By Sam Laskaris
PIGEON LAKE, Alta.
It’s been a busy summer for Devin Buffalo, and not just because the 23-year-old from Alberta’s Samson Cree Nation is gearing up for his final season of NCAA hockey with the New Hampshire-based Dartmouth Big Green.
Buffalo has also spent a chunk of his summer helping out at three separate multi-sport competitions for Indigenous athletes.
“Last summer I was at school,” said Buffalo, who now calls the Alberta village of Pigeon Lake home. “So I had been gone from home for a year-and-a-half. Coming back this year I thought it was a good summer to give back to the community.”
Buffalo’s efforts have included serving as the ball hockey co-ordinator at this week’s Alberta Indigenous Games. The ball hockey matches at these Games, being staged in Edmonton, were held on Monday and Tuesday.
Another event Buffalo assisted at was last month’s North American Indigenous Games (NAIG), which were primarily held in Toronto. He served as a chaperone for the Alberta track and field athletes that participated at the NAIG.
Buffalo was one of three chaperones for Alberta’s track and field contingent. The squad also included a head coach and an assistant coach.
But since many of the events overlapped for several of the Alberta athletes, Buffalo often stepped up and served as more than just a chaperone. He not only took several of the athletes to their events but was also their only support staff member able to be present.
Buffalo had also helped out with at the World Indigenous Nations (WIN) Games held in early July in Edmonton.
Before the WIN Games started, Buffalo helped out with registrations and with other organizational details. Then he was part of those who showed up at the airport to welcome athletes from around the world.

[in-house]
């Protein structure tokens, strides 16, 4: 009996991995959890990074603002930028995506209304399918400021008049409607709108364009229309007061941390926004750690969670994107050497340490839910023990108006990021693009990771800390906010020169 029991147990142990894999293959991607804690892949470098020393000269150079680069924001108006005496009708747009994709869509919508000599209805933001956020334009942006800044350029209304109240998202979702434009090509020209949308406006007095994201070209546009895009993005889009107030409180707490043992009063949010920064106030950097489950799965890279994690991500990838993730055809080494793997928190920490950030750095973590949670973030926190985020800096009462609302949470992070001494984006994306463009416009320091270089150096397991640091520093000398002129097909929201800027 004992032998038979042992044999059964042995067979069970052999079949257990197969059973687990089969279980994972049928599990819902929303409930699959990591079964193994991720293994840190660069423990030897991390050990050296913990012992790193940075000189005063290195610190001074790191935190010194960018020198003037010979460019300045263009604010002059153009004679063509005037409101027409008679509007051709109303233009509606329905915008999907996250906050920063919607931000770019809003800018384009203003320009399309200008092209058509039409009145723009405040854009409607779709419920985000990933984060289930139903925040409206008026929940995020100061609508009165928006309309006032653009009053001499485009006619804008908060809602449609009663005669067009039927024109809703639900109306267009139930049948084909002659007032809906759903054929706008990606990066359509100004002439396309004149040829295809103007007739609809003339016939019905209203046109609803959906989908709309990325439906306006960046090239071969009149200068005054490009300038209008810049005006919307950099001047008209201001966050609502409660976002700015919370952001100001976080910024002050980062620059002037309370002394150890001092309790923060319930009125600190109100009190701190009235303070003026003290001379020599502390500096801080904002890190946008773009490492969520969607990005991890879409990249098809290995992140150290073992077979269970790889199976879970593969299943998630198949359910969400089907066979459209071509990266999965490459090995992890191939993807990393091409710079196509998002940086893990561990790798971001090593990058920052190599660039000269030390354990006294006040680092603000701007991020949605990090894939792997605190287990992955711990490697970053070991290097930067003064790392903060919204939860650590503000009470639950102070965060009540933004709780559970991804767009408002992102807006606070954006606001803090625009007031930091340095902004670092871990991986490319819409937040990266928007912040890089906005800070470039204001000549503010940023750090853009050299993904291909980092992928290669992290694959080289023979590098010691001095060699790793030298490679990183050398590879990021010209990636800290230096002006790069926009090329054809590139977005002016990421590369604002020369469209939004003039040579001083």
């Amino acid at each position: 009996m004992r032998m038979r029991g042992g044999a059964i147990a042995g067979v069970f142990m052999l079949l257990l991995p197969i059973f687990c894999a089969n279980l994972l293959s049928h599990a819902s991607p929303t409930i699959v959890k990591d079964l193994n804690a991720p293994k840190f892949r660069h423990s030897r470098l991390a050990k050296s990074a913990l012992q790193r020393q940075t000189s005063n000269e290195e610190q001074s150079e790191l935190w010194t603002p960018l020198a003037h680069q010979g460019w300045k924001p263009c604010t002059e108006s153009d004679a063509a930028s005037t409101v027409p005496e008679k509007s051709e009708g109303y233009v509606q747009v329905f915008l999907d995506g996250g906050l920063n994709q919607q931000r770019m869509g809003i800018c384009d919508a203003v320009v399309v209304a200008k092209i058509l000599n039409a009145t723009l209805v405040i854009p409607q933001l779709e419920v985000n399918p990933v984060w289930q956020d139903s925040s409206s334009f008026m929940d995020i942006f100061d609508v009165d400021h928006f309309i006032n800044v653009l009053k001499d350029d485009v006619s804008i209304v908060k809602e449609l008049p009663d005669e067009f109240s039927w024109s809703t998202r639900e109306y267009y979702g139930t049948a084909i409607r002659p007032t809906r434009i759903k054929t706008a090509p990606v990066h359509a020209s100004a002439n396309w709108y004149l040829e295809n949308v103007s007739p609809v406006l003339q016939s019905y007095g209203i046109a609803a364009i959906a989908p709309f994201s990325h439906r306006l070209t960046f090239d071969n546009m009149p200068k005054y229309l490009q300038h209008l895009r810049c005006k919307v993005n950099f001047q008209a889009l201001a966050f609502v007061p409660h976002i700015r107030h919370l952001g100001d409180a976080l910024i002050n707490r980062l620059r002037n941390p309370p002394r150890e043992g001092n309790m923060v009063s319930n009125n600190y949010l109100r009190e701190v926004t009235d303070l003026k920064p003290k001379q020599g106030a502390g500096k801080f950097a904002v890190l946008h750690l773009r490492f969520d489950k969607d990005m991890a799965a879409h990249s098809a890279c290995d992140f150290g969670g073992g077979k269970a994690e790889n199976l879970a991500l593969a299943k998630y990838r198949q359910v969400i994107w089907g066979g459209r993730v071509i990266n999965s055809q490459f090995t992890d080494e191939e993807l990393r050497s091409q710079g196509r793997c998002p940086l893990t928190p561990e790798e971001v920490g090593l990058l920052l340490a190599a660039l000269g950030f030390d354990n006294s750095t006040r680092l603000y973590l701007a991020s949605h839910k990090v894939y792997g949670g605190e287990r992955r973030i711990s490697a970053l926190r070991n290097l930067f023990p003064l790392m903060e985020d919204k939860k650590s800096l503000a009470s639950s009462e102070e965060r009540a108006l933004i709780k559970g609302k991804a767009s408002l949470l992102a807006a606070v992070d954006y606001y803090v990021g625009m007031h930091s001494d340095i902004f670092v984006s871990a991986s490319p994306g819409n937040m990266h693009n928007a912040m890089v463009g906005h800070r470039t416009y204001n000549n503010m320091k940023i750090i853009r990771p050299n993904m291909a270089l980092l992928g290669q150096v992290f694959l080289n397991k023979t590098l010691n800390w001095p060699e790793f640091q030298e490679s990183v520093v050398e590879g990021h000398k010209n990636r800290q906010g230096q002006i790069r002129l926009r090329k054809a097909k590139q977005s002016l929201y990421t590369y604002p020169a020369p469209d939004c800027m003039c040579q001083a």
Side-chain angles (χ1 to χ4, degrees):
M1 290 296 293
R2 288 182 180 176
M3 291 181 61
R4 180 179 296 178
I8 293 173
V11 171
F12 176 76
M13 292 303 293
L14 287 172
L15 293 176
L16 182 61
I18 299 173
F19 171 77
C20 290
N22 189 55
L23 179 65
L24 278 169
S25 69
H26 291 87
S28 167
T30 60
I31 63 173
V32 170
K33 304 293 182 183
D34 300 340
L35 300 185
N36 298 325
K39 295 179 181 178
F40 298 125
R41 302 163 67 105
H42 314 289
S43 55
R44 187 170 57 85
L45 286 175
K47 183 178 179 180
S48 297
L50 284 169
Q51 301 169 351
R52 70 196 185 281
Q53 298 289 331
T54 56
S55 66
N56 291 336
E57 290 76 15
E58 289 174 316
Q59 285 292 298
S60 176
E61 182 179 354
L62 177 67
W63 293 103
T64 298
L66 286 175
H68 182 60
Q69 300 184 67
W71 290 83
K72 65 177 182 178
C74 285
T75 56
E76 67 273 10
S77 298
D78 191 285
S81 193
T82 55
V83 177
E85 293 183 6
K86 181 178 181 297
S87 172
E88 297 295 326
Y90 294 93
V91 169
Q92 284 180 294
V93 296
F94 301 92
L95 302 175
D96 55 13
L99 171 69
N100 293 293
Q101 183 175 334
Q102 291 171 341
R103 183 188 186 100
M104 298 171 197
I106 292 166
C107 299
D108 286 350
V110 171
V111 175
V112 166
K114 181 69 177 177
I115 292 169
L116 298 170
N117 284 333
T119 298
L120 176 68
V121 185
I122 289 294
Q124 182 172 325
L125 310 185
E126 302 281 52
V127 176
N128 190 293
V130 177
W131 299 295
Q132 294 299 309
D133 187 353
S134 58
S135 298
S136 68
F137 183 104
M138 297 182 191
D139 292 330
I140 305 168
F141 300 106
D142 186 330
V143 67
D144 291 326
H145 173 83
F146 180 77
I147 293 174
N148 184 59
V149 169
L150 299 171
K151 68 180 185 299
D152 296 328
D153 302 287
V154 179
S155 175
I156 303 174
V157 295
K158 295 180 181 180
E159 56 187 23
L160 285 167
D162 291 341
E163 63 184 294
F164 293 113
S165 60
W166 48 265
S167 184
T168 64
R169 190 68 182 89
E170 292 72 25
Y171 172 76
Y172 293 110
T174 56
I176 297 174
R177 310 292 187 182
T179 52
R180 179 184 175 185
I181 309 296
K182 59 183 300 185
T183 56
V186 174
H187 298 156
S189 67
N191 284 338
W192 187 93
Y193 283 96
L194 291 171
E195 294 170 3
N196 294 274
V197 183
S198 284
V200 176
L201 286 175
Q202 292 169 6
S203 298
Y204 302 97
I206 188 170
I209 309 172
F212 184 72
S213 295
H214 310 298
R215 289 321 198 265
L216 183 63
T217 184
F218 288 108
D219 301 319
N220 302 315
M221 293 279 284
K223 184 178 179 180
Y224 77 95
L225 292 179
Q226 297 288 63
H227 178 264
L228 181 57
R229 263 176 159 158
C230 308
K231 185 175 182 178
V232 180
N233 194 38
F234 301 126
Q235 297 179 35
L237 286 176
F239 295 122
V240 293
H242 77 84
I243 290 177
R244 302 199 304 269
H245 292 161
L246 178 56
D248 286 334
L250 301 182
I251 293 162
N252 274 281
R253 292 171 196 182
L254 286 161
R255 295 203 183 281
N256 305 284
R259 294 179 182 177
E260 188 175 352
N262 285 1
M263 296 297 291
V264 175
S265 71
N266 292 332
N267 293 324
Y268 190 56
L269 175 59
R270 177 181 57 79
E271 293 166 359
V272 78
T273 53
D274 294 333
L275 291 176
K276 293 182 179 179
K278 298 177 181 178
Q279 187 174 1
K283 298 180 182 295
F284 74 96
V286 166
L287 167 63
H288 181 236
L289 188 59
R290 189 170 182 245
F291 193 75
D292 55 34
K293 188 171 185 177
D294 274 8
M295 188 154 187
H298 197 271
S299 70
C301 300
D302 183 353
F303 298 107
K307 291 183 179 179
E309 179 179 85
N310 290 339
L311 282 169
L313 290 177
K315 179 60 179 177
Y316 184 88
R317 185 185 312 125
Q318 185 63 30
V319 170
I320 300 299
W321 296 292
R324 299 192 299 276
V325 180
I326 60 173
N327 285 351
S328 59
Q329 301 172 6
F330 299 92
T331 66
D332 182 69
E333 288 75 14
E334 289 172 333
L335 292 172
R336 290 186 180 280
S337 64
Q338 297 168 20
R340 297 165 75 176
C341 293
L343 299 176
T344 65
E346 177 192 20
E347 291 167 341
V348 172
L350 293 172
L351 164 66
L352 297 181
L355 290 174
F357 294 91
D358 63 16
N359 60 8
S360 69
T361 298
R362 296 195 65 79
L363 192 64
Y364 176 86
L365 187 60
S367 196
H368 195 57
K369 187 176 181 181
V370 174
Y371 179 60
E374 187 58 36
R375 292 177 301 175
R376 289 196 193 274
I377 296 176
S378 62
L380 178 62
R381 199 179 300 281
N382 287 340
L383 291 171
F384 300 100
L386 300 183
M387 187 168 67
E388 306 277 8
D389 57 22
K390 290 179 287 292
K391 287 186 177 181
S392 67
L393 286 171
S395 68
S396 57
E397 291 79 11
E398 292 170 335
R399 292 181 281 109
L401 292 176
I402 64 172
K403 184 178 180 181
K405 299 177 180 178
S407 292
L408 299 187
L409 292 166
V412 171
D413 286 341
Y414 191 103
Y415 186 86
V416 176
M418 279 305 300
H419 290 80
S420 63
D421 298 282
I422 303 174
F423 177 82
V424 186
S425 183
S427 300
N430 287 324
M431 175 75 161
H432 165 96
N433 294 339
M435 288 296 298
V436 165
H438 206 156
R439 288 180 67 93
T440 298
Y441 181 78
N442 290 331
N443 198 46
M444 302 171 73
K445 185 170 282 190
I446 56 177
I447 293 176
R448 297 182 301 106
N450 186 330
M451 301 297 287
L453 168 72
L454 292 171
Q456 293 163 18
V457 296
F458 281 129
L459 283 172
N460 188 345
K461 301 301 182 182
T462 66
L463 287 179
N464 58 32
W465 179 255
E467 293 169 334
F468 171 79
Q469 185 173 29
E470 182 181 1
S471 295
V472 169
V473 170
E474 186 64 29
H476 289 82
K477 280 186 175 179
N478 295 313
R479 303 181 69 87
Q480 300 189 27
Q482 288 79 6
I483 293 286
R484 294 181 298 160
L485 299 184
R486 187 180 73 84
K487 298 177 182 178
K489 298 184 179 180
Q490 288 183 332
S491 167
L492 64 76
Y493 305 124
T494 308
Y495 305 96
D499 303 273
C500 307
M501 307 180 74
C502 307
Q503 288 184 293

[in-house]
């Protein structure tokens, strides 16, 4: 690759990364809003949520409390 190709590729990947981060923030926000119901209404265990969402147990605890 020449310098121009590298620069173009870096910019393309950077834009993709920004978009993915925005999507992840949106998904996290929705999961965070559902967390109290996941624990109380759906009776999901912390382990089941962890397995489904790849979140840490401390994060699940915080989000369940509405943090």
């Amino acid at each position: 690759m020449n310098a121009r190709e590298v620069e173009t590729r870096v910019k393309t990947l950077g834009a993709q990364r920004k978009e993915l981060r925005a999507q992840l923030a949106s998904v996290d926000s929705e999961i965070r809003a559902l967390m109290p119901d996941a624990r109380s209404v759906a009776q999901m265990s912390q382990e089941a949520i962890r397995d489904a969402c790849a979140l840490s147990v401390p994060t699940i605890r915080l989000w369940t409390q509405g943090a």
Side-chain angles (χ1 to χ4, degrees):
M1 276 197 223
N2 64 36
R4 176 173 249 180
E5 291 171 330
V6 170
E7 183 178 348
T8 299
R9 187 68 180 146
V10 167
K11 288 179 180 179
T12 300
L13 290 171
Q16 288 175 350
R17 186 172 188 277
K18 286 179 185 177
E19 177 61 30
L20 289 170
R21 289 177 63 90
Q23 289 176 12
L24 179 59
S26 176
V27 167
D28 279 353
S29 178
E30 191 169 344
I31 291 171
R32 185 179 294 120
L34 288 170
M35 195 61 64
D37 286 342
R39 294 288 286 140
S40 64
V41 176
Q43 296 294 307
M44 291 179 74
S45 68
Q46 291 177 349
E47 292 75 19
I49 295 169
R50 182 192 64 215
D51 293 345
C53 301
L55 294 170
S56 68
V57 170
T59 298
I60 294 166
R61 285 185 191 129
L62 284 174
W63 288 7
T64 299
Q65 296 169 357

And then during the actual Games, he helped out in a variety of roles.
Buffalo is hoping that he was able to also serve as a role model for all the youth at the events he was a part of this summer. He’s keen to show them Indigenous youth can achieve great heights, such as attending an Ivy League school like himself.
“It is a realistic goal and if they see someone from their community do it, I can only hope that more kids will put themselves out there (and) take that risk because it is possible,” he said.
Before he headed to Dartmouth, Buffalo had earned some recognition in a couple of Junior A leagues in Canada.
He began his junior career with the Manitoba-based Flin Flon Bombers, who are members of the Saskatchewan Junior Hockey League.
After spending two-and-a-half seasons with the Bombers, Buffalo was traded to the Alberta Junior Hockey League’s Drumheller Dragons, where he finished up his third and final junior campaign.
Buffalo is expected to once again be the Number 1 puckstopper for the Big Green this season.
During his first season with the Ivy League squad, Buffalo was one of three goalies on the team roster but he did not see any game action. He attended all of the team’s practices and would get to dress for home matches.
He also joined the squad for all away games but sat in the stands.
Then during his sophomore season Buffalo appeared in five contests.
As for last year, however, Buffalo was the primary go-to guy between the pipes. He appeared in 29 of the club’s 31 matches and registered a 9-16-3 record and a 3.29 goals-against average.
“We had 11 freshmen last year,” he said. “We were a pretty young team and we were still able to get some big wins.”
Buffalo said several of Dartmouth’s most impressive victories a year ago were against some of the top-end squads in their 12-team Eastern College Athletic Conference. The Big Green placed ninth in the over-all league standings.
“Last year we beat the big teams when we needed to,” he said. “This year we need to be more consistent with the other teams as well.”
Though he’s heading into his final season of collegiate hockey, Buffalo would love to continue playing the sport after his Dartmouth days.
“If the opportunity arises, I would love to play pro,” he said.
Buffalo believes he could go on to play pro because he’s seen a number of other collegiate goalies from his league the last couple of seasons go on to ink contracts, including some with National Hockey League franchises.
“That gives me motivation and hope that they’re signing NHL and (American Hockey League) deals,” he said.